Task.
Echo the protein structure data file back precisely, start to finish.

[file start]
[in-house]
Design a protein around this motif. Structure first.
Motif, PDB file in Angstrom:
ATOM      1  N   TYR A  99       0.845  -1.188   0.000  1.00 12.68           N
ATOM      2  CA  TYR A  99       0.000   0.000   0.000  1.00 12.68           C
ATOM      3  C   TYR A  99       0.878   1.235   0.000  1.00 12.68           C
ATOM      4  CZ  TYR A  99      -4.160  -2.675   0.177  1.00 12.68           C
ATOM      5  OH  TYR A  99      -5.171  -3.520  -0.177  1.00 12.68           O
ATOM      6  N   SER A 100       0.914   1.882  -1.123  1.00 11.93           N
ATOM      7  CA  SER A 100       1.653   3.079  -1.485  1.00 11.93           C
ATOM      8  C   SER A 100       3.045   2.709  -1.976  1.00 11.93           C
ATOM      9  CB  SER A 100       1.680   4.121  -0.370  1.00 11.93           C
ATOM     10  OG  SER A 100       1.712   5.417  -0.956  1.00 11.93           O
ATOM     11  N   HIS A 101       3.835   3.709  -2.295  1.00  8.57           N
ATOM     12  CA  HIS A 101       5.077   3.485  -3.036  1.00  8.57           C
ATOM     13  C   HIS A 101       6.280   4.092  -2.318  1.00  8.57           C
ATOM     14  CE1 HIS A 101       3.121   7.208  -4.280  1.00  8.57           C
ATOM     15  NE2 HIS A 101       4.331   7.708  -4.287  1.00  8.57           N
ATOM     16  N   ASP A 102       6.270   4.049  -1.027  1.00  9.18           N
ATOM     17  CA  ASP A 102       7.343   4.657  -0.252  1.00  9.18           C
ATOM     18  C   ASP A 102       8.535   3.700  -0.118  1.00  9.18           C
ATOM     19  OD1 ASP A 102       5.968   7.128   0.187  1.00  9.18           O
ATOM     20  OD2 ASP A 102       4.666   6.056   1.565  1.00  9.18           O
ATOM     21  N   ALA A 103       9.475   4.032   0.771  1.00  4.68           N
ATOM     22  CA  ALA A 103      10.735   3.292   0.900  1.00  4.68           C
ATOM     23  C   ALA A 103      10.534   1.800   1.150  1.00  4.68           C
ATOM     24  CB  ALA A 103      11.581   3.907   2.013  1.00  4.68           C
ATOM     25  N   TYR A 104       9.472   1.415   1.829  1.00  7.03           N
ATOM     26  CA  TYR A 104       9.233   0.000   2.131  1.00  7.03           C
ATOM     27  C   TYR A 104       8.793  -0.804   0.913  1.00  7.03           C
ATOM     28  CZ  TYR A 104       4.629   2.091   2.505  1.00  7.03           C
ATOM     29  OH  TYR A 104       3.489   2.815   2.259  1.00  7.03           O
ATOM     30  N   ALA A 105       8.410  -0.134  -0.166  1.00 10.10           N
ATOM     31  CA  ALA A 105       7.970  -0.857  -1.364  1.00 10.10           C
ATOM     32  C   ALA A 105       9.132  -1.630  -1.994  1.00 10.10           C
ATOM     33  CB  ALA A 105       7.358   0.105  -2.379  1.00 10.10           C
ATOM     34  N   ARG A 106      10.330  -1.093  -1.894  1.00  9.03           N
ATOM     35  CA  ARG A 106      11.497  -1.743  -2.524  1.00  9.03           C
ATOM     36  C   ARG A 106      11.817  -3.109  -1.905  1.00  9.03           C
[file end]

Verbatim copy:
[in-house]
Design a protein around this motif. Structure first.
Motif, PDB file in Angstrom:
ATOM      1  N   TYR A  99       0.845  -1.188   0.000  1.00 12.68           N
ATOM      2  CA  TYR A  99       0.000   0.000   0.000  1.00 12.68           C
ATOM      3  C   TYR A  99       0.878   1.235   0.000  1.00 12.68           C
ATOM      4  CZ  TYR A  99      -4.160  -2.675   0.177  1.00 12.68           C
ATOM      5  OH  TYR A  99      -5.171  -3.520  -0.177  1.00 12.68           O
ATOM      6  N   SER A 100       0.914   1.882  -1.123  1.00 11.93           N
ATOM      7  CA  SER A 100       1.653   3.079  -1.485  1.00 11.93           C
ATOM      8  C   SER A 100       3.045   2.709  -1.976  1.00 11.93           C
ATOM      9  CB  SER A 100       1.680   4.121  -0.370  1.00 11.93           C
ATOM     10  OG  SER A 100       1.712   5.417  -0.956  1.00 11.93           O
ATOM     11  N   HIS A 101       3.835   3.709  -2.295  1.00  8.57           N
ATOM     12  CA  HIS A 101       5.077   3.485  -3.036  1.00  8.57           C
ATOM     13  C   HIS A 101       6.280   4.092  -2.318  1.00  8.57           C
ATOM     14  CE1 HIS A 101       3.121   7.208  -4.280  1.00  8.57           C
ATOM     15  NE2 HIS A 101       4.331   7.708  -4.287  1.00  8.57           N
ATOM     16  N   ASP A 102       6.270   4.049  -1.027  1.00  9.18           N
ATOM     17  CA  ASP A 102       7.343   4.657  -0.252  1.00  9.18           C
ATOM     18  C   ASP A 102       8.535   3.700  -0.118  1.00  9.18           C
ATOM     19  OD1 ASP A 102       5.968   7.128   0.187  1.00  9.18           O
ATOM     20  OD2 ASP A 102       4.666   6.056   1.565  1.00  9.18           O
ATOM     21  N   ALA A 103       9.475   4.032   0.771  1.00  4.68           N
ATOM     22  CA  ALA A 103      10.735   3.292   0.900  1.00  4.68           C
ATOM     23  C   ALA A 103      10.534   1.800   1.150  1.00  4.68           C
ATOM     24  CB  ALA A 103      11.581   3.907   2.013  1.00  4.68           C
ATOM     25  N   TYR A 104       9.472   1.415   1.829  1.00  7.03           N
ATOM     26  CA  TYR A 104       9.233   0.000   2.131  1.00  7.03           C
ATOM     27  C   TYR A 104       8.793  -0.804   0.913  1.00  7.03           C
ATOM     28  CZ  TYR A 104       4.629   2.091   2.505  1.00  7.03           C
ATOM     29  OH  TYR A 104       3.489   2.815   2.259  1.00  7.03           O
ATOM     30  N   ALA A 105       8.410  -0.134  -0.166  1.00 10.10           N
ATOM     31  CA  ALA A 105       7.970  -0.857  -1.364  1.00 10.10           C
ATOM     32  C   ALA A 105       9.132  -1.630  -1.994  1.00 10.10           C
ATOM     33  CB  ALA A 105       7.358   0.105  -2.379  1.00 10.10           C
ATOM     34  N   ARG A 106      10.330  -1.093  -1.894  1.00  9.03           N
ATOM     35  CA  ARG A 106      11.497  -1.743  -2.524  1.00  9.03           C
ATOM     36  C   ARG A 106      11.817  -3.109  -1.905  1.00  9.03           C